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Ethnographic Explorations

Renu Addlakha

By Nilika Mehrotra
Rawat Publications, Jaipur, 2013, pp. 304, Rs. 895.00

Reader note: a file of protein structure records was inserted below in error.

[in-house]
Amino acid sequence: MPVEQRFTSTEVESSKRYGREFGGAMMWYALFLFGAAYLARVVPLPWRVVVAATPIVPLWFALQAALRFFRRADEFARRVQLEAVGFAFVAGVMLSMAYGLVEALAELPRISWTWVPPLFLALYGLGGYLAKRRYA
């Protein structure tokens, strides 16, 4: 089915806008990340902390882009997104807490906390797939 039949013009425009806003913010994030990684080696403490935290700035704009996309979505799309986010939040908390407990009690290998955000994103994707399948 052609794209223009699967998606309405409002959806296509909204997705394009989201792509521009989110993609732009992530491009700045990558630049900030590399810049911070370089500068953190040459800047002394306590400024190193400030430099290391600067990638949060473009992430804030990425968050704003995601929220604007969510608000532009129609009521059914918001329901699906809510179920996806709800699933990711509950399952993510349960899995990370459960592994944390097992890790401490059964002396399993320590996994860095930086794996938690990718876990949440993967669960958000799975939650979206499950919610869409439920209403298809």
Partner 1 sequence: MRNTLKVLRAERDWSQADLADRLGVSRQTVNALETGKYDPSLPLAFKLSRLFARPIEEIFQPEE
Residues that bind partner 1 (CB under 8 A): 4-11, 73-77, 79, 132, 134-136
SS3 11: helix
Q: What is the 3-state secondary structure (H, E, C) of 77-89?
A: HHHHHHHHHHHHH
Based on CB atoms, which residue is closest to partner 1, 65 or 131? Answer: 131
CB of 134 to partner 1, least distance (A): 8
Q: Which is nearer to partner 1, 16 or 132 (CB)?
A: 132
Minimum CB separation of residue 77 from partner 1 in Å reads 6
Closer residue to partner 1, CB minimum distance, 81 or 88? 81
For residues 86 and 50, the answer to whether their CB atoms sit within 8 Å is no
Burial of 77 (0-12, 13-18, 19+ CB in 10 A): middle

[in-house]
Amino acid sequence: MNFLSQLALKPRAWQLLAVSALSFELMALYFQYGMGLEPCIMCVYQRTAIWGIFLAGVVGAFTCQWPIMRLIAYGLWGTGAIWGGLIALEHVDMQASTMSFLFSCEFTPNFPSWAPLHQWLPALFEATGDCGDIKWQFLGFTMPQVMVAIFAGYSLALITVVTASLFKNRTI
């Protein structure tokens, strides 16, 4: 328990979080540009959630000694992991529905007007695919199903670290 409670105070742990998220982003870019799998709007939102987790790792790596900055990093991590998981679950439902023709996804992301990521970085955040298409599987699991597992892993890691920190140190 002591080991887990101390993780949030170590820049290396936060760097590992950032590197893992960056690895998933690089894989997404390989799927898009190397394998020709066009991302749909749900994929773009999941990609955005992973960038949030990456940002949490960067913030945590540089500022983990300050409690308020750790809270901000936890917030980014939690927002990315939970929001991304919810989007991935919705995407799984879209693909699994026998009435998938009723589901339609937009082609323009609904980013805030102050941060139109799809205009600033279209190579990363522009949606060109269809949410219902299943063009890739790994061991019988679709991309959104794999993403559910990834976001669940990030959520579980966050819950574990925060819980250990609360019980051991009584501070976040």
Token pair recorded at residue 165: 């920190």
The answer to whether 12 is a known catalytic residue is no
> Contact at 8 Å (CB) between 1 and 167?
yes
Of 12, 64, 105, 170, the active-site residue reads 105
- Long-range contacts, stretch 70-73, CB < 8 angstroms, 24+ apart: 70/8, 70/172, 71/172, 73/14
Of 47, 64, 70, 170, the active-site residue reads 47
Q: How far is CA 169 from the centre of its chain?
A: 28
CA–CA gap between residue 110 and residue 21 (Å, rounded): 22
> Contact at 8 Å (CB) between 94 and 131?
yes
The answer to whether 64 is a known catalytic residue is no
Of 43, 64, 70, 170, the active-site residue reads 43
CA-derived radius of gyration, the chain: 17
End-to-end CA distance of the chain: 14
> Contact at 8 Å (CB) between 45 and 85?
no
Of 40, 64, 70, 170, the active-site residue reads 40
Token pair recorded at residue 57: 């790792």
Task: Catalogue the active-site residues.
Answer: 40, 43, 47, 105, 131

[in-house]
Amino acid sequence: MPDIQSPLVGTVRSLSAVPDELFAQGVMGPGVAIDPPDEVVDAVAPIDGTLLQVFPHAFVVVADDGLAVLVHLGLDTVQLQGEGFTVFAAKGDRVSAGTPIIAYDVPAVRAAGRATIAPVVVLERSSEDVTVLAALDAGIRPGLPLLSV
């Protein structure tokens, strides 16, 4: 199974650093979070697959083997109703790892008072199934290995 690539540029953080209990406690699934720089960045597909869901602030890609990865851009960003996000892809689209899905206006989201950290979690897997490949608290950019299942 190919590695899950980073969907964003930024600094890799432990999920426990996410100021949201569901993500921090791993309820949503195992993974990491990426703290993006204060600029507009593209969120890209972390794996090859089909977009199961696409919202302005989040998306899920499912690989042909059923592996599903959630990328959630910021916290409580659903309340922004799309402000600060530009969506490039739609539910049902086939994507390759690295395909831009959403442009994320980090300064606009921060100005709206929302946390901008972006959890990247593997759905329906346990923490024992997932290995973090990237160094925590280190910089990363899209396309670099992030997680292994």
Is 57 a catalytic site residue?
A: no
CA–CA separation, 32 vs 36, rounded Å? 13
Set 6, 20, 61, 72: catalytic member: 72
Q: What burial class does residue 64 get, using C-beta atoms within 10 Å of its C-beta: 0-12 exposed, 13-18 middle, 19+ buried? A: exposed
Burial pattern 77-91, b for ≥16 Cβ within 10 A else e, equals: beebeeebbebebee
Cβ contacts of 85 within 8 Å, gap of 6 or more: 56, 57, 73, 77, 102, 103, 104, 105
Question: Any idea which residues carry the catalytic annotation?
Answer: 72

This work is a collection of essays written over the past decade exploring the issue of disability, culture and society in the Indian context. The author is a sociologist working in one of the leading universities in the country giving the area of social science research and writing on disability an academic respectability that is sorely lacking at the present conjuncture. Notwithstanding the academic moorings of the author, the style of the work is highly accessible to a lay audience, rendering it an invaluable contribution to both the domains of serious scholarship and public discourse on disability in the country. Discussions on the multiple social, political and economic factors contributing to the rise of this category are juxtaposed with ethnographic explorations of concrete experiences of disablement in urban and rual areas.   The first chapter delineates the multi-dimensional concept of disability both historically and in its contemporary manifestations, summarizing the different theoretical multidisciplinary perspectives on the theme. One of the more interesting issues raised by the author in this regard is the idea of a South Asian perspective on disability that both challenges and carries forward the ideas proposed by western scholars. ‘Disability, State policy and NGOs in India’ begins with a detailed discussion of disability legislation in the United States, the United Kingdom, and Australia, as also the United Nation’s engagement with disability through the classificatory systems proposed by the World Health Organisation (WHO), and more recently the Convention on the Rights of Persons with Disabilities (UNCRPD). The latter half of the chapter focuses on disability prevalence, laws and policies in India, followed by a short discussion on NGO work in the disability sector with particular reference to the State of Haryana. In fact, the issue of NGO involvement is a central theme which examines the emergence of the disability rights movement in the country since the 1990s. It discusses the contested relationship between disability rights activism and the state.   The following four chapters are the most interesting because they engage with disability in the specific socio-economic and cultural context of rural Haryana showing the multiple meanings attributed to the concept and its experiences within local communities. Individual experiences of disablement, culturally embedded strategies of support and care and the ongoing engagement of the State in the sector are highlighted. The ethnographic and gender lens deployed in the analysis in these chapters shows not only how patriarchy both exacerbates ...

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